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  • "There is the image you start with and the image you end up with, and they are not the same. I wanted to give more attention to what the painting does to the image, not only to what the image does to the painting" —Marlene Dumas Marlene Dumas’s works circulate around psychological themes of the human condition - love, death, sexuality, and memory. Mining imagery from pop-culture, newspaper clippings and decontextualized film stills, as well as her own photographs of family and friends, Dumas’s phantasmic faces and distorted bodies question the distinctions between context and origin. This selection of eleven intimate drawings and paintings made between 1987 and 2001 from the collection of the late Edward Blake Byrne, is representative of Dumas’s bodily oeuvre in which the artist isolates and fragments her figures.

     

    Inspired by the birth of her daughter Helena in 1989, a subject the artist continues to depict throughout her career, Dumas has consistently explored the stages of motherhood, beginning with pregnancy and birth. The anticipatory sensation of motherhood is reflected upon in works such as Not born Yet, 1990, Baba Soldaat, 1990, and A Little Devil, 1989. The reality of childbirth and motherhood is felt especially in Baba Soldaat, where an infant with exaggerated proportions stands before the viewer with a soft swirl of pigment sitting in place of a fully developed face. 


    In Helena Sleeping, 1989, Dumas invites viewers to observe imagery culled from the registers of her intimate experiences with her daughter. In this work, each feature of the infant’s face is depicted in great detail - the only element left to the viewer’s imagination is the subject’s placement within the black ink wash haze that surrounds her seemingly disembodied head. This prevailing sense of obscurity is indicative of the metaphor of natural and artistic creation that underlines Dumas’s work. Like biological development, Dumas’s artistic practice urges the viewer to question the transmutation of the image as object and subject as well as the differences attributed to it once it takes on a new form.
    "Painting is about the trace of the human touch. It is about the skin of a surface." —Marlene DumasUnlike the works that center around the extensions of the self, The Reflection, 1992, looks inward and addresses issues surrounding self-perception. In The Reflection, a figure shrouded in darkness sits in front of a mirror while her reflection reveals an alternate depiction of her - a phantom-like presence constructed from a thin coat of white and grey paint. The difference between the figure’s body and their own reflection taps into an ongoing theme that characterizes Dumas’s methodology of interrogating the division between one’s public and private self. "I am dealing with emotions that everyone feels. But I'm always conscious of this tension between knowing that you are making an object, a physical thing, and being aware that you are also referring to things [the emotions] that cannot actually be painted. If the painting works, that tension is in there."1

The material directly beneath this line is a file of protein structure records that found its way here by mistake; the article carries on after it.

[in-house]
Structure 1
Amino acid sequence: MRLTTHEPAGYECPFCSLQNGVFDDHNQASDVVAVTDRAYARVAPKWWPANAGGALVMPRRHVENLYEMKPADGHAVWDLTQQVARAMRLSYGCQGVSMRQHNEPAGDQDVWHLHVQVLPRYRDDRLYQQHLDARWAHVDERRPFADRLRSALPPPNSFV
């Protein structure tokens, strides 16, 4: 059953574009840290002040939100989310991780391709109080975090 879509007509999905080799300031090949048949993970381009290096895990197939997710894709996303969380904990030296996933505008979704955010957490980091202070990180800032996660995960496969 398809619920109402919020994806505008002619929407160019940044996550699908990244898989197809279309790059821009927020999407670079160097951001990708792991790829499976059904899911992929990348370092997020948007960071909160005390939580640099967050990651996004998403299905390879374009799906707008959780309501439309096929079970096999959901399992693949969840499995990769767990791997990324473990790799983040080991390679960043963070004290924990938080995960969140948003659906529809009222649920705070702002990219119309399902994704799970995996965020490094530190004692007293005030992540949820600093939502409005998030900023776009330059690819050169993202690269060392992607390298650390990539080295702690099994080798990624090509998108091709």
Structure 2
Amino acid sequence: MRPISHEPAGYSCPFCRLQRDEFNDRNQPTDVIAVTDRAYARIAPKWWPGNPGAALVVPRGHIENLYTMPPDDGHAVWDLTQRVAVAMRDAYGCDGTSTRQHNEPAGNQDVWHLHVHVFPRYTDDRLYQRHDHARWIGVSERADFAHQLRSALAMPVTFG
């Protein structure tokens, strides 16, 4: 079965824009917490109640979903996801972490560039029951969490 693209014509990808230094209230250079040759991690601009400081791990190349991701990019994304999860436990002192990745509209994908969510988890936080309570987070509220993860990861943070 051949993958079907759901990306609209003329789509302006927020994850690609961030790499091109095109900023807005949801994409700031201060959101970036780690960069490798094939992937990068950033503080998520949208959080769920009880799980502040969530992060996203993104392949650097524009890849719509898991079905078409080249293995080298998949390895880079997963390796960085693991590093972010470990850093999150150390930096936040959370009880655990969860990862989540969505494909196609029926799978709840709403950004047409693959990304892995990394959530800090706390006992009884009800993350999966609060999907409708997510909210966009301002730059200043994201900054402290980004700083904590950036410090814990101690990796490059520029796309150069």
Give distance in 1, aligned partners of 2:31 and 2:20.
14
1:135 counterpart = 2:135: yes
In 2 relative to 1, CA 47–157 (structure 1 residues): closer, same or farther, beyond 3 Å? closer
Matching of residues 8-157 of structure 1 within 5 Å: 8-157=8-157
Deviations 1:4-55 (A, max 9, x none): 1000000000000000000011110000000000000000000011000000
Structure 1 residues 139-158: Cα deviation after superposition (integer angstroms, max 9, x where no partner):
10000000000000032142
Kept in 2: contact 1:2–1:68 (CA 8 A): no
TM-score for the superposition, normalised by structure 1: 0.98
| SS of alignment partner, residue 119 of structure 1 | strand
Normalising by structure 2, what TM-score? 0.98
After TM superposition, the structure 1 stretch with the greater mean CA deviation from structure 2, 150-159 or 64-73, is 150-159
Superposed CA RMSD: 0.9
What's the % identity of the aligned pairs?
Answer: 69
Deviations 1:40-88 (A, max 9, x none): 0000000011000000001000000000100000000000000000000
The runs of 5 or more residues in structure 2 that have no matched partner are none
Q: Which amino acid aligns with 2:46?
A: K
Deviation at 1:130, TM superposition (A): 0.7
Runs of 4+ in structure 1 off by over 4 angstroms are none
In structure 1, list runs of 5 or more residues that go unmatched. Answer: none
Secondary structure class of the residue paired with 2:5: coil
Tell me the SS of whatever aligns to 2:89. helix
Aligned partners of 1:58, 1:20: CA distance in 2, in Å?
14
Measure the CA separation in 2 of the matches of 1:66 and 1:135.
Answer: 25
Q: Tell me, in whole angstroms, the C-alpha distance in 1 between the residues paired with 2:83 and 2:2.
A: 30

1 Marlene Dumas quoted in, Marlene Dumas: Measuring Your Own Grave, exh. cat., Los Angeles, The Museum of Contemporary Art, 2008, p. 147 

    • Provenance

      Jack Tilton/Anna Kustera Gallery, New York
      Acquired from the above by the present owner in July 2001

    • Exhibited

      New York, Jack Tilton/Anna Kustera Gallery, Marlene Dumas: All is Fair in Love and War, June 1 - July 7, 2001
      Durham, Nasher Museum of Art at Duke University; Columbus, The Ohio State University Urban Arts Space; New York, Miriam and Ira D. Wallace Art Gallery, Columbia University; Portland, Ronna and Eric Hoffman Gallery of Contemporary Art, Lewis & Clark College, Open This End: Contemporary Art from the Collection of Blake Byrne, February 19, 2015 - December 11, 2016, no 68, p. 114 (illustrated, p. 106)

    • Artist Biography

      Marlene Dumas

      South African • 1953

      Marlene Dumas was born in Cape Town, South Africa, and raised on her family’s vineyard in the countryside. After beginning her art degree at the University of Cape Town, she decided to continue her studies in the Netherlands: the country where she’d build her career as an artist, and still lives today. In 1995, she represented the Netherlands at the Venice Biennale. 

      Dumas is best known as a painter, using both oil and watercolor. She typically works from a reference photograph, which could be purchased, from her own camera roll or collected from print media. Her work focuses on the human body, and though figurative, she often distorts her subjects with loose, painterly brushstrokes to make plain their emotional state. Deeply influenced by growing up during Apartheid, Dumas’ work centers around themes of repression, misogyny, violence and sexuality. Today, Dumas is one of the most expensive living female artists at auction, with her work first selling for over $1 million in 2004. 

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Property from the Collection of Blake Byrne, Los Angeles

522

White Lies II

signed and dated "marlene 2001" upper right; titled and inscribed "White Lies (2) I think I've hurt myself / I need some fresh air / without you I'll die..." upper left
ink and acrylic on paper
26 x 19 3/4 in. (66 x 50.2 cm)
Executed in 2001.

Full Cataloguing

Estimate
$40,000 - 60,000 

Sold for $81,900

Contact Specialist

Rebekah Bowling
Head of Day Sale, Afternoon Session
New York

1 212 940 1250
[email protected]

20th c. and Contemporary Art Day Sale - Afternoon Session

New York 8 December 2020